Vote or don't!
You, me, and the dude down the street all hate the government. Hate may be too strong a word, but no one really likes (or trusts) any level of government. No surprise there. What can be done about this?
Luckily people are working at ways to ensure the democracy lives on in Canada. On Tuesday night a few organizations held a Public Forum on a Fair Voting System. They spoke of STV (that's a V not a D) and MMP versus the first past the post system we currently have. If you don't know what any of that means you may want to read more because electoral reform is gaining support across the country and Toronto, youth and minorities need it.
The panel of speakers included Dennis Pilon from Fair Vote Canada, Steve Withers an election activist from New Zealand, Judy Rebick from Ryerson University, and Marilyn Churley the Ontario NDP critic for democratic renewal. After the event (and at the end of this article) I sat down with Marilyn to see how youth, minorities and Toronto can benefit directly from a new election system.
When Marilyn Churley spoke in front of the audience she talked primarily about all the things the NDP are doing to promote better representation in the electoral system. Essentially the provincial NDP are asking a lot of things and the Liberals are giving into some, if not most. This came as no surprise either. When you look at the facts we are currently years away from a representation by population electoral system provincially, let alone federally.
Representation by population comes in primarily two ways: Single Transferable Vote and Mixed Member of Parliament. In Canada we have a first past the post system which means that whoever got the most votes wins, so if two parties got 30% each and one got 40% it means that the party with 40% wins - even though no true majority ever existed.
Steve Withers who helped to promote electoral change in New Zealand said that Canada has a long way to go. He commented that "New Zealand isn't finished" in their transition to rep by pop. In terms of Canada his main concern with the first past the post system we have now is that it provides no alternative for voters. People are scared of the far left and right and so they always tend to compromise. A good example of this is the last federal election.
He provided the audience with some statistics (which he said too fast to copy them down) that provided evidence that rep by pop promotes more involvement in politics. His primary examples were the Maori and that there are less old white men sitting in power. He also notes that more parties have come to existence, or gained more status like the Green Party has.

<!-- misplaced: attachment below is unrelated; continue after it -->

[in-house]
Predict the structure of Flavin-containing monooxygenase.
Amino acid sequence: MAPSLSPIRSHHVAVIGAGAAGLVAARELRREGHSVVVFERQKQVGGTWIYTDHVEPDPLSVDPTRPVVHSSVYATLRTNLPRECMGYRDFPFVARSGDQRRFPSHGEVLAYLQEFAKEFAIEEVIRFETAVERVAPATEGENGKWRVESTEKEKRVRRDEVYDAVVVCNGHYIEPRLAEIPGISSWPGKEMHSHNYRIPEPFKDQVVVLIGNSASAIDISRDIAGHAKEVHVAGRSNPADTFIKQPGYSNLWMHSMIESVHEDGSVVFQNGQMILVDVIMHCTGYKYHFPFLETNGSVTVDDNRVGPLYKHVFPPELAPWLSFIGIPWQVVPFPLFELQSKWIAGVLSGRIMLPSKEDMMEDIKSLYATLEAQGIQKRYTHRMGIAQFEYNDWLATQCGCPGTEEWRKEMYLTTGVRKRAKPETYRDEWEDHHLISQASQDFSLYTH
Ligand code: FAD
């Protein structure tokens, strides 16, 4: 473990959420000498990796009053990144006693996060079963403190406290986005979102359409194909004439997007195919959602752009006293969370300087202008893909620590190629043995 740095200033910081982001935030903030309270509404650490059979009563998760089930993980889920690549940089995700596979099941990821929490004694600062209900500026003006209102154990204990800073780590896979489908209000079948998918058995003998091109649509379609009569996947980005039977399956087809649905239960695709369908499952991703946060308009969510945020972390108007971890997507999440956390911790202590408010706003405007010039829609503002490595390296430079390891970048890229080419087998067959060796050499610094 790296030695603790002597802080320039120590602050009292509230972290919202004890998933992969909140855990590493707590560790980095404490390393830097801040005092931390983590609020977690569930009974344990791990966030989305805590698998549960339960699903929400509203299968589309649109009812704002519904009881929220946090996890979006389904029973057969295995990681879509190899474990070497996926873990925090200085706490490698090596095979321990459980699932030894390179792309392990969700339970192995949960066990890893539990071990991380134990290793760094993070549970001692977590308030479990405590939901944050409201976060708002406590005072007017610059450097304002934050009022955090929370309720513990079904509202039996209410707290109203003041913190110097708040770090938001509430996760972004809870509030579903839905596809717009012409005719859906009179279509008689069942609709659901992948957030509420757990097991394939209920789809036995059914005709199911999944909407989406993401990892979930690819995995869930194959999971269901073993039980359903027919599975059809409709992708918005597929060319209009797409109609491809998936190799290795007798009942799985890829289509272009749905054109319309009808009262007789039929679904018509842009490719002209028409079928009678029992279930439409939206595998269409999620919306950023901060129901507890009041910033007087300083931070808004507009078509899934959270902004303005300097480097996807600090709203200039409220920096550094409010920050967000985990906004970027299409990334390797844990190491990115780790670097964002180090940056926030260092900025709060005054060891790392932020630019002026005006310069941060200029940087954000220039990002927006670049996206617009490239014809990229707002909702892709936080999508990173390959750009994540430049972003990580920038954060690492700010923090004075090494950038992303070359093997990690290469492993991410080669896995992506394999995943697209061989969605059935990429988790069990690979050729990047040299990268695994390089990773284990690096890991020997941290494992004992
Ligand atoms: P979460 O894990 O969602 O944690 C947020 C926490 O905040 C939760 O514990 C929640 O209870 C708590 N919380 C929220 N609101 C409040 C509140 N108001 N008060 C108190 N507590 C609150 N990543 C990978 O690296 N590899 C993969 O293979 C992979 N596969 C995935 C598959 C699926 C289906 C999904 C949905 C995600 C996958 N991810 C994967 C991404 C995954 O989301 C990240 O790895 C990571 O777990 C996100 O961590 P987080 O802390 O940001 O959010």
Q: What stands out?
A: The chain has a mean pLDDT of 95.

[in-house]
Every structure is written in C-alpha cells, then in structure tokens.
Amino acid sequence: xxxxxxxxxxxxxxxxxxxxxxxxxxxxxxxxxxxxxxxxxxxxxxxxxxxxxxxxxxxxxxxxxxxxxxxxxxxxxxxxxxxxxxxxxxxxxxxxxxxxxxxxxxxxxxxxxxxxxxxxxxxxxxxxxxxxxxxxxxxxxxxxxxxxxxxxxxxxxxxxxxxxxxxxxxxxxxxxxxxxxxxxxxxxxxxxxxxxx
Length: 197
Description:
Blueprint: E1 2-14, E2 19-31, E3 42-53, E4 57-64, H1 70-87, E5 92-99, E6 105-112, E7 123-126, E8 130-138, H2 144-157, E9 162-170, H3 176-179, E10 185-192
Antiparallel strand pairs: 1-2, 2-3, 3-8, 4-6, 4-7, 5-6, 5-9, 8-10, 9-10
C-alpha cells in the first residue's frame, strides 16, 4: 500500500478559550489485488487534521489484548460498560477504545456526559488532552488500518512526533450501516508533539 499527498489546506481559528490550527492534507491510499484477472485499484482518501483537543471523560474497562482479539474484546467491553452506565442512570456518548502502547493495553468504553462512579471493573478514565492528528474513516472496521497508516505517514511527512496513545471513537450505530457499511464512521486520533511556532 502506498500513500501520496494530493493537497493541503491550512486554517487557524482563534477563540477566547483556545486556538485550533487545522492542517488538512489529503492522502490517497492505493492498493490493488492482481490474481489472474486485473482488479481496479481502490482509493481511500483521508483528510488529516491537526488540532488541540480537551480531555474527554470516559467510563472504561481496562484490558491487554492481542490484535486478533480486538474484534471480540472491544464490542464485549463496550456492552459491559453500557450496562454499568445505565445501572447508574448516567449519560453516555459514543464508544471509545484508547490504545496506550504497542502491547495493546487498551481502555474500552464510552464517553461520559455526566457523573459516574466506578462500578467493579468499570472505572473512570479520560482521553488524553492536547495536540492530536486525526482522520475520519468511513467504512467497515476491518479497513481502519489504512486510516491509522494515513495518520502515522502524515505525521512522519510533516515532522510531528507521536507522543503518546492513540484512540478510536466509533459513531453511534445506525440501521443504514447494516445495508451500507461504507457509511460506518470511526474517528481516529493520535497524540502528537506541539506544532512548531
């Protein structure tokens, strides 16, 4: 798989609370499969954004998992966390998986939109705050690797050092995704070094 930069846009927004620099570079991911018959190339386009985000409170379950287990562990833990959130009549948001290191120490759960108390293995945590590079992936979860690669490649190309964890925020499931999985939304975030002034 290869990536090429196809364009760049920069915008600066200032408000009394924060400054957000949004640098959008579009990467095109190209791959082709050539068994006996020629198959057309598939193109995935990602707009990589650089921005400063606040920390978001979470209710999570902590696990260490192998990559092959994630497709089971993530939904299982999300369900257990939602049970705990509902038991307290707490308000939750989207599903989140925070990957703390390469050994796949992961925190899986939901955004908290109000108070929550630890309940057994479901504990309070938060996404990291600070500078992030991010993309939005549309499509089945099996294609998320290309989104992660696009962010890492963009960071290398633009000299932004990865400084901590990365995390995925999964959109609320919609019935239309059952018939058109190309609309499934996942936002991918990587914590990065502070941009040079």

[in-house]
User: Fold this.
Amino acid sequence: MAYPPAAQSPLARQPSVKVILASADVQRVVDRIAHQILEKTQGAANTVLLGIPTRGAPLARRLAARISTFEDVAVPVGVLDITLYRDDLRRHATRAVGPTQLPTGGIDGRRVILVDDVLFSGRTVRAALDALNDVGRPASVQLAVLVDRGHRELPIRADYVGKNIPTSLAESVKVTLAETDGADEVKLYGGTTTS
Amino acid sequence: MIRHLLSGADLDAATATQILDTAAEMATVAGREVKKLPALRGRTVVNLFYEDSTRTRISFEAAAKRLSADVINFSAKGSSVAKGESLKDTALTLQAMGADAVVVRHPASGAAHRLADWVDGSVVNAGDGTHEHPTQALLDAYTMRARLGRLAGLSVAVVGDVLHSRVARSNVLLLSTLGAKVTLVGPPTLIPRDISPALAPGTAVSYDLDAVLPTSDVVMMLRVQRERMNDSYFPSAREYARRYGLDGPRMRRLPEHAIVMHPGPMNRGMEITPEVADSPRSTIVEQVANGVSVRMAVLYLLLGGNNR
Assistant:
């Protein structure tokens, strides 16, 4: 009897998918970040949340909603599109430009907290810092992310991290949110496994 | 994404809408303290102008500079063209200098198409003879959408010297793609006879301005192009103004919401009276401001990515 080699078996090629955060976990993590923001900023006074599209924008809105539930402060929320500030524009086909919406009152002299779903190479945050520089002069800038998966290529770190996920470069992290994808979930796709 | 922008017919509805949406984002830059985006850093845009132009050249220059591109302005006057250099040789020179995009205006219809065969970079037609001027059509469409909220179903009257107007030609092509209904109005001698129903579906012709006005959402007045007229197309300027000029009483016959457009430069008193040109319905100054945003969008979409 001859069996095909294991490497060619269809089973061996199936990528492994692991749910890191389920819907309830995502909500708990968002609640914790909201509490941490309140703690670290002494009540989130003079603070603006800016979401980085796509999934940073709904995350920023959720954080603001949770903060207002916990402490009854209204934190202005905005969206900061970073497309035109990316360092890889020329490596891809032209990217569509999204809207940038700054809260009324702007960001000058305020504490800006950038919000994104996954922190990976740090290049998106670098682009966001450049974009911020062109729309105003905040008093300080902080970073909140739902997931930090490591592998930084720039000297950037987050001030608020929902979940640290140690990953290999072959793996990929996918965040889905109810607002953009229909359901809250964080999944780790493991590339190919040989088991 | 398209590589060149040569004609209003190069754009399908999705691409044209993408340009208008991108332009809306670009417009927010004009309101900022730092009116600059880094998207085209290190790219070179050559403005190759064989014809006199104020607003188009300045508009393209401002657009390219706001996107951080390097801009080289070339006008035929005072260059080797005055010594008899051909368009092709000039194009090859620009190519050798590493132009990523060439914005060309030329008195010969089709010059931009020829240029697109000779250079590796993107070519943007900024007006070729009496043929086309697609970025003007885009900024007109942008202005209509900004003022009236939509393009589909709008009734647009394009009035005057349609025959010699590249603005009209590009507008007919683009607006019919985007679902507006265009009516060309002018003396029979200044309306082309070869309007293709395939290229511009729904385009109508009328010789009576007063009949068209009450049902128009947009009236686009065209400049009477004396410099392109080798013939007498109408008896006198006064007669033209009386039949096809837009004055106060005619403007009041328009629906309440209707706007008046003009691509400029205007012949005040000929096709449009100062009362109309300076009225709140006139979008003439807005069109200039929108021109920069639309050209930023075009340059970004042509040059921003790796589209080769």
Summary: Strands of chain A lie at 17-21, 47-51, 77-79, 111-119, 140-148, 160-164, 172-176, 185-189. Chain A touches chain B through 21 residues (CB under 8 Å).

With rep by pop "voters can pick all the pretty colours on the side." This statement made him wonder that "maybe one of those can become the primary colour." I think this is a good enough reason for rep by pop because I'm growing tired of always seeing Liberal red. Denis Pilon agrees that competition among the parties will become more intense.
Pilon argues that rep by pop would ensure that parties are more responsive to the people because there is a direct connection between how many people support the party and how much power the party gets. With Canada's current system he points out that parties tend to shoot for the middle, and that's the party that wins. He is quick to point out that in many cases the ruling party never got a majority of the votes and other parties fail to get a respectful number of seats.
Another point that was brought up by members of the audience is that some areas of Canada with a small population have better representation than more populated regions. The Maritimes has more MPs than they know what to do with and this negatively affects the representation of the rest of the country.
The consensus in the room was obviously that the current system has failed.
And people still wonder why the youth turnout is low and voter "apathy" is high.
I asked Marilyn Churley if rep by pop will help combat youth apathy. When she was in university, and for a few years afterwards, she couldn't care what any politician did. Why should she since she never saw a politician affect her in anyway? She thinks that the low youth voter-turnout is not that big of a deal, but it does need to be confronted.
Churley thinks that youth, minorities, and other disenfranchised people will become more engaged in politics thanks to a rep by pop system. She notes that in New Zealand minorities are now better represented and attributes this to the fact that one person's views really do equate to a vote. Helping out on a political campaign empowers the individual and their cause.
Youth concerns can be better voiced under rep by pop, but there is no magic pill. Churley wants us to be aware of the fact that no system is perfect; though the system we have now is not working.
Toronto will also gain from rep by pop. Since Toronto has so many people living in it the city would need more MPs and MPPs to represent it. This just makes sense.
As keen as the panelists were on rep by pop it is still only in its infancy in Canada. Without the help of people to get the issue out there we will be stuck with our seemingly-archaic first past the post system.
If you care about rep by pop you may want to start by looking into fairvote.ca
Of course if you don't care or like the system the way it is, just give your tacit consent to the status quo. Perhaps write your MP/MPP telling them that the way elections are run now are a-OK.
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